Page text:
As he progressed, Bill found it difficult to part with the cars on which he had spent so much time building. He really wanted to see his cars in a museum one day. Fortunately, some of Bill’s cars were indeed shown at a number of venues. They were displayed for one three-month period at the Petersen Automotive Museum in Los Angeles. Then, some of his cars were featured at the San Bernardino County Museum in 1996. He also exhibited his pedal cars at many shows, including the Concourse Car Shows at Torrey Pines, Palos Verdes, Santa Barbara, Beverly Hills, and other car events in Southern California.

At some of these shows Bill even had the opportunity to meet several celebrities. Jay Leno was a fairly frequent visitor to some of these shows, and one time Bill even spoke with film director James Cameron about the Stanley Steamer car that the director owned. For a while, Bill would actually keep nine of his crafted pedal cars stored in loaded position on a truck so they were ready to take to the next show. 

Bill's Ford Triplane pedal car.
An alternate view of Bill's Ford Triplane pedal car.

Pedal cars weren’t only modeled after cars. Tractors, airplanes, and other vehicles were popular among early manufacturers. Here, Bill has modeled a Ford Triplane.

Satisfaction Comes From Perfecting the Craft

Bill once remarked, “I guess that even after spending my life fixing regular cars, I didn’t quite get enough of the work. One of the very first things that I do when I start restoring an old car is to take the dents and dings out of it. You have no idea how many dents a child can put into a car this small.”

Out of the five early manufacturers of pedal cars, none are in business today. The deluxe pedal cars were bought only by the wealthy in the 1920’s and 30’s. Bill said that restoring old cars and creating new ones both require different skills. The new cars take more imagination, while old ones require undoing the damage of decades past. “There’s real satisfaction in creating something that works as smoothly as a pedal car,” said Bill. “You really can take one and get it to the point that it’s just about perfect.”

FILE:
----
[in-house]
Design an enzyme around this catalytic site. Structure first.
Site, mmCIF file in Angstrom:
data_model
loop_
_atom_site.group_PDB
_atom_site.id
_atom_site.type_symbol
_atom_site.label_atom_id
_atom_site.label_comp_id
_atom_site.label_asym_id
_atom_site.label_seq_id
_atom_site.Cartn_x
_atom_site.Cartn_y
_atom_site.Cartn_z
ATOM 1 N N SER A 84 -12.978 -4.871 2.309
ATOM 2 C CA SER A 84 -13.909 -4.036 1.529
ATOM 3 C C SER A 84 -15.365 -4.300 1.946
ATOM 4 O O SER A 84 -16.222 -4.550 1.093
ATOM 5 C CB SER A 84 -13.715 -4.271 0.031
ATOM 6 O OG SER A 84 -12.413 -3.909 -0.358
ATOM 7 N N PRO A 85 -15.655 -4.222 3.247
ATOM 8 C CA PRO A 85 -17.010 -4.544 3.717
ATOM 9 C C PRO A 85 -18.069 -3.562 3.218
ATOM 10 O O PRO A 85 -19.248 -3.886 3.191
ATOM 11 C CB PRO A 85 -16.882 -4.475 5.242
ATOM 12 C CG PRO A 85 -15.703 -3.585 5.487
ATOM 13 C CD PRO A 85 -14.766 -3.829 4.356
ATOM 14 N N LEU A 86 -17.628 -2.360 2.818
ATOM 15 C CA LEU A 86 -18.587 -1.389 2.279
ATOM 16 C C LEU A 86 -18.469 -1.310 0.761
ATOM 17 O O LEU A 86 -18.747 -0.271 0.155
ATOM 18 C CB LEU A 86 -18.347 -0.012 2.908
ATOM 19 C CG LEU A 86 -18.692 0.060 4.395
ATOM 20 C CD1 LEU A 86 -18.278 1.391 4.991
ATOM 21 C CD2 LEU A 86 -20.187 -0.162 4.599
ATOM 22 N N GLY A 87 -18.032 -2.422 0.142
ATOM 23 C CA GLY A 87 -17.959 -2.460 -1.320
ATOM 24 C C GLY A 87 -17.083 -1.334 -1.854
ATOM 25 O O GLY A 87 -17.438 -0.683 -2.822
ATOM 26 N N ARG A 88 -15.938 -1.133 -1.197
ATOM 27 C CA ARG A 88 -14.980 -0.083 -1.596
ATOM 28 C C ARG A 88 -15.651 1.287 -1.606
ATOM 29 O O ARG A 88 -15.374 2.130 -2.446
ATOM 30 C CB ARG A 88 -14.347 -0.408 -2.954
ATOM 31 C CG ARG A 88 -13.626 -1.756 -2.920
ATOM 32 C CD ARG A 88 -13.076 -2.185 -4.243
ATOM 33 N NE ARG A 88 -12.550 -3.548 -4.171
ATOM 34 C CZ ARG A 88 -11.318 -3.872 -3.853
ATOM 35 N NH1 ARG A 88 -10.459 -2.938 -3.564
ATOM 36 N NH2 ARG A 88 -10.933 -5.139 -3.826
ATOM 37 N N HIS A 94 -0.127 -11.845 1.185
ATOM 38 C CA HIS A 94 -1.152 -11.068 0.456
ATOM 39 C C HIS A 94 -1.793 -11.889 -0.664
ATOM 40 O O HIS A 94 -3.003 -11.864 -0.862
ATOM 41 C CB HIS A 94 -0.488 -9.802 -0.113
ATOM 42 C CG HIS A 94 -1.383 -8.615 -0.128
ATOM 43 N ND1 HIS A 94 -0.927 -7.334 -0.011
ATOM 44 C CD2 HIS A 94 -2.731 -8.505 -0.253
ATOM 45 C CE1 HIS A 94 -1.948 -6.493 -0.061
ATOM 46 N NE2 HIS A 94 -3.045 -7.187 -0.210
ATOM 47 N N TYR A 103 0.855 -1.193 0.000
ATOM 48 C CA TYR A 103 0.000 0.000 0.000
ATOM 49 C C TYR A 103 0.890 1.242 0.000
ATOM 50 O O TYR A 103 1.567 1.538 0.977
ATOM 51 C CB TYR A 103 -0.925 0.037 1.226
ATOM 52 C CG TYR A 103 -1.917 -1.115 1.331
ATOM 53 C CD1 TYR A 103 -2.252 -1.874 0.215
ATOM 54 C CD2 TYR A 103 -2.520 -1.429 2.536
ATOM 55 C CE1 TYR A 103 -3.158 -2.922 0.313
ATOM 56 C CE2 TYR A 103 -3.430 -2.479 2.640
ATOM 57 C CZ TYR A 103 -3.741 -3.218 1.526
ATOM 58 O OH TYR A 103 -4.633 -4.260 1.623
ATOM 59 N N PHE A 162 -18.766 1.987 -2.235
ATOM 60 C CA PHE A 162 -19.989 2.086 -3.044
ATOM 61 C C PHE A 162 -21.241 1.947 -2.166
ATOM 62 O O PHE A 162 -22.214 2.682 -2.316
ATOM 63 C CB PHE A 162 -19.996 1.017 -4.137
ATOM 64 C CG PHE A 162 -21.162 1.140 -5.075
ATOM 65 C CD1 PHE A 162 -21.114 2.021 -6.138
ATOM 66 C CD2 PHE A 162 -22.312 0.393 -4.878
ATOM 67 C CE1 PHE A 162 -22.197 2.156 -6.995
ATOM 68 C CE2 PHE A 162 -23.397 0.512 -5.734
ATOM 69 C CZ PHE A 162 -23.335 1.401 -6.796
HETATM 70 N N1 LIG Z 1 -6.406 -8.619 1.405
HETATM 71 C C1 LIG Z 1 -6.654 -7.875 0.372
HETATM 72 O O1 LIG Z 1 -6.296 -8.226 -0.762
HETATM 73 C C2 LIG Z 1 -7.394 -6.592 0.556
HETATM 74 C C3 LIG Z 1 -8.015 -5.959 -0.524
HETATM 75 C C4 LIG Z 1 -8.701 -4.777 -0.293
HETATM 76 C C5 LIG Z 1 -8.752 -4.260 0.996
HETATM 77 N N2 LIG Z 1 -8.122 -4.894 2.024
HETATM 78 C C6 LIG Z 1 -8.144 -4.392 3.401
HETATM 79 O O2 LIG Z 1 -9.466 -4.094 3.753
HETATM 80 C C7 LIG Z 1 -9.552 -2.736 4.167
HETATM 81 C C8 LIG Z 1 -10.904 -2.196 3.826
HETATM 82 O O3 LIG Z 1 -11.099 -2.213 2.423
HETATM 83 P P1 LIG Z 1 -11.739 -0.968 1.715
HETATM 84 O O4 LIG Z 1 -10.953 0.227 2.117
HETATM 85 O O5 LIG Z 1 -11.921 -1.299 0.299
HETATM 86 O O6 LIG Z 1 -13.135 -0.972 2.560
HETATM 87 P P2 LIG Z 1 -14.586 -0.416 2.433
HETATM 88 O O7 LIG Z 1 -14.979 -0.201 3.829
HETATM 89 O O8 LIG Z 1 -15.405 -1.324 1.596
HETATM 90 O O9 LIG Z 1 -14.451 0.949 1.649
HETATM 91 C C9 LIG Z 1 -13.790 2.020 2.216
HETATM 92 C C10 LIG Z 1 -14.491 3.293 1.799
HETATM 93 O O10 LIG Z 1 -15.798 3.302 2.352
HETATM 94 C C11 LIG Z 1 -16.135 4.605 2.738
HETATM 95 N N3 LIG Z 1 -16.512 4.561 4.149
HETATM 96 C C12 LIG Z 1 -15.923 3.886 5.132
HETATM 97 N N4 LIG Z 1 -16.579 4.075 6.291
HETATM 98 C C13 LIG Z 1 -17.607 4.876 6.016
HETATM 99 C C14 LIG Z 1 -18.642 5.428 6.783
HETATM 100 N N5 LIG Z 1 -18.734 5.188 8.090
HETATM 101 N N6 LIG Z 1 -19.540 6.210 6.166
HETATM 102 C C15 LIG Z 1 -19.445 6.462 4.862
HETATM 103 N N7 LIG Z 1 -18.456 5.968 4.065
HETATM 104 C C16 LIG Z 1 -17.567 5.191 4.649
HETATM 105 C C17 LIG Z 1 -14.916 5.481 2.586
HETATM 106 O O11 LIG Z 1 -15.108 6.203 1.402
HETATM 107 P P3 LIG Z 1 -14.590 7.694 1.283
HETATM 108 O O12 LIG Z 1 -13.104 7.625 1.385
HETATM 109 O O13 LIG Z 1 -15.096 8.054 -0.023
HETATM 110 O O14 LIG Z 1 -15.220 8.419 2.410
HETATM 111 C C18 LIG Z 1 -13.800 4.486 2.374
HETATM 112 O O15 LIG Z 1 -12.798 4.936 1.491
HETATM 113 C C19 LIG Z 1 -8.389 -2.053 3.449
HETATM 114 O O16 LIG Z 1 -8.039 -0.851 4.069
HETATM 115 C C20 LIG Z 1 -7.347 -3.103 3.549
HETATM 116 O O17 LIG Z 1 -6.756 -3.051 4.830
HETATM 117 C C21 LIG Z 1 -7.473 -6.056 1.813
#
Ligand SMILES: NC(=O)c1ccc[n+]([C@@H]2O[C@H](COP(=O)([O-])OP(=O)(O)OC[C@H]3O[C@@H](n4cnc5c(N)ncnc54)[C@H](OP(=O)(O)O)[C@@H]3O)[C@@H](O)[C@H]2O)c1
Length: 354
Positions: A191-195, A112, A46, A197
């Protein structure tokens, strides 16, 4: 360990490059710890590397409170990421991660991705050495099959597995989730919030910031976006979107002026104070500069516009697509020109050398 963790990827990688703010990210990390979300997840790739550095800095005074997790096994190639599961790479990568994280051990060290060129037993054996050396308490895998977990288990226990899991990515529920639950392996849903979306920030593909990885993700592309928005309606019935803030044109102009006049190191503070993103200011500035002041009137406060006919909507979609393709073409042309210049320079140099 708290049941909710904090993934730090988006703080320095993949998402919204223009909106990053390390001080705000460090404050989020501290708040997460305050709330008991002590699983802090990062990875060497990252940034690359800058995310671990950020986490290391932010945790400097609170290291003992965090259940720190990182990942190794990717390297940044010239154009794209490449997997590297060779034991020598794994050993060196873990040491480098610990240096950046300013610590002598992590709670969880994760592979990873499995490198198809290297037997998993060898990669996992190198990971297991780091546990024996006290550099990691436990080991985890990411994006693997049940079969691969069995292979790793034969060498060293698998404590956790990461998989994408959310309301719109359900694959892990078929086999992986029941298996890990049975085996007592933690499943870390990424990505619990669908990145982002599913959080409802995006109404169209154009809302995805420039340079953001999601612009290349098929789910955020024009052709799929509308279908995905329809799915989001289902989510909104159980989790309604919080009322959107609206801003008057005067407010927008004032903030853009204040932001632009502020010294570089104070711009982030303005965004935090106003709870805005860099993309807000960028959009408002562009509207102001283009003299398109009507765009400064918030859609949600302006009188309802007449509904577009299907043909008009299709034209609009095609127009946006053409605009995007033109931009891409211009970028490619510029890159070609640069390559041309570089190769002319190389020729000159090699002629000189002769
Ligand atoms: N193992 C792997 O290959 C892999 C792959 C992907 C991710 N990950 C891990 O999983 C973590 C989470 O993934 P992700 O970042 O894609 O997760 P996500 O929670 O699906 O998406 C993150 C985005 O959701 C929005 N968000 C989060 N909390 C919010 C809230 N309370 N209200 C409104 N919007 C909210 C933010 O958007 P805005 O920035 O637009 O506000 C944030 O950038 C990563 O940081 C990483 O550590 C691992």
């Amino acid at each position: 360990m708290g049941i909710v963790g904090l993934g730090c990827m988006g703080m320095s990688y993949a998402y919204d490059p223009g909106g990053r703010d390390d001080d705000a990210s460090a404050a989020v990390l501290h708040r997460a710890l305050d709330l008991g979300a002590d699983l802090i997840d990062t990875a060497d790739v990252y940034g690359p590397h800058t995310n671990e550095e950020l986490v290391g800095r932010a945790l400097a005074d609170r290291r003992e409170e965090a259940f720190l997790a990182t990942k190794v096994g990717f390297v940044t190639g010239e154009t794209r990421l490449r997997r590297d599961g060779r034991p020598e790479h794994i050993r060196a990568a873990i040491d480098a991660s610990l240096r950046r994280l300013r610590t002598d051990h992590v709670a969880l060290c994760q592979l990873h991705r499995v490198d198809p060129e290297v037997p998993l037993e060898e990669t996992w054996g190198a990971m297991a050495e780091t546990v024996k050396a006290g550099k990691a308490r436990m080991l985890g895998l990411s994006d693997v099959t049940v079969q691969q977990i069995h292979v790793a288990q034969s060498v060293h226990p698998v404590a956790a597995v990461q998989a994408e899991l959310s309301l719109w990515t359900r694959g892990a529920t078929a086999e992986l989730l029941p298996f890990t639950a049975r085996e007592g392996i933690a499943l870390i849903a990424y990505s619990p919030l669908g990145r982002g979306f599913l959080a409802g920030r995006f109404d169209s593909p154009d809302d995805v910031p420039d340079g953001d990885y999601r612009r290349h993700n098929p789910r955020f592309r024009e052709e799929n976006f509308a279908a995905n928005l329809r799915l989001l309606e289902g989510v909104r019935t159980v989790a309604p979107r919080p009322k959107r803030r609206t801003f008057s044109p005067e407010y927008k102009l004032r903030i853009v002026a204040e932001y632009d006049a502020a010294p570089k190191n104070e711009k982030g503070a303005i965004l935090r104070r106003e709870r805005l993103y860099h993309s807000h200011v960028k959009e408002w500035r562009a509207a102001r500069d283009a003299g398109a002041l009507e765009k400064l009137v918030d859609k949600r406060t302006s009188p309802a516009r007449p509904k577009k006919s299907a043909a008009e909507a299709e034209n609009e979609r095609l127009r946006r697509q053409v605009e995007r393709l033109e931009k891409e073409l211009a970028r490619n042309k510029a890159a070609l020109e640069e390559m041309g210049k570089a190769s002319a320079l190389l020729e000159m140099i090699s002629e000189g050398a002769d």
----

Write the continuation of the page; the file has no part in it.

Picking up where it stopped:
Education and Influences

Originally a native of West Virginia, Bill later moved to Ohio and joined the Navy at age 17. He served from 1945-46. Afterward, he went on to work for an Ohio Ford dealership where he learned the body and fender repair trade. Bill moved to California in 1950, and established Brown’s Auto Works in Rialto, CA in 1959. He would eventually sell his business in 1973, and it was repurchased by his son 15 years later.

During this time, Bill also taught school for nine years in the Regional Occupational Program (ROP) at San Bernardino Valley College. His classes included body shop, frame, and related subjects. In 1985, Bill retired from another business that he owned—Brown’s Enterprises. They manufactured equipment for body shops and sold internationally. After retirement from his body shop, Bill established a workshop away from home for manufacturing measuring systems. When that slowed down, he started making pedal cars.

When asked about the early influences in his life which led him to building pedal cars, Bill said, “Mostly it was all by myself. When I came out of the Navy, I wanted to be a mechanic, so I went into body and fender work. But really it was my wife. It’s her fault (for wanting a wagon for her dolls).”

A 1908 Ford Model A touring (pedal) car.
Another shot of the 1908 Ford Model A touring pedal car.

A 1908 Ford Model A Touring (pedal) car with very cushy upholstery.

Sound Career Advice

Bill’s advice for craftsmen, and really anyone trying to develop their life’s work is to, “Make sure you’ve got a hobby you really like.” When he gave talks to young kids, he told them, “When you like something, learn to do it well, and then get good enough at it that you can make money at it.”

View more photos of Bill’s excellent pedal cars.

Artisan added: May 12, 2004 - Last modified: September 10, 2022

Presented by The Joe Martin Foundation for Exceptional Craftsmanship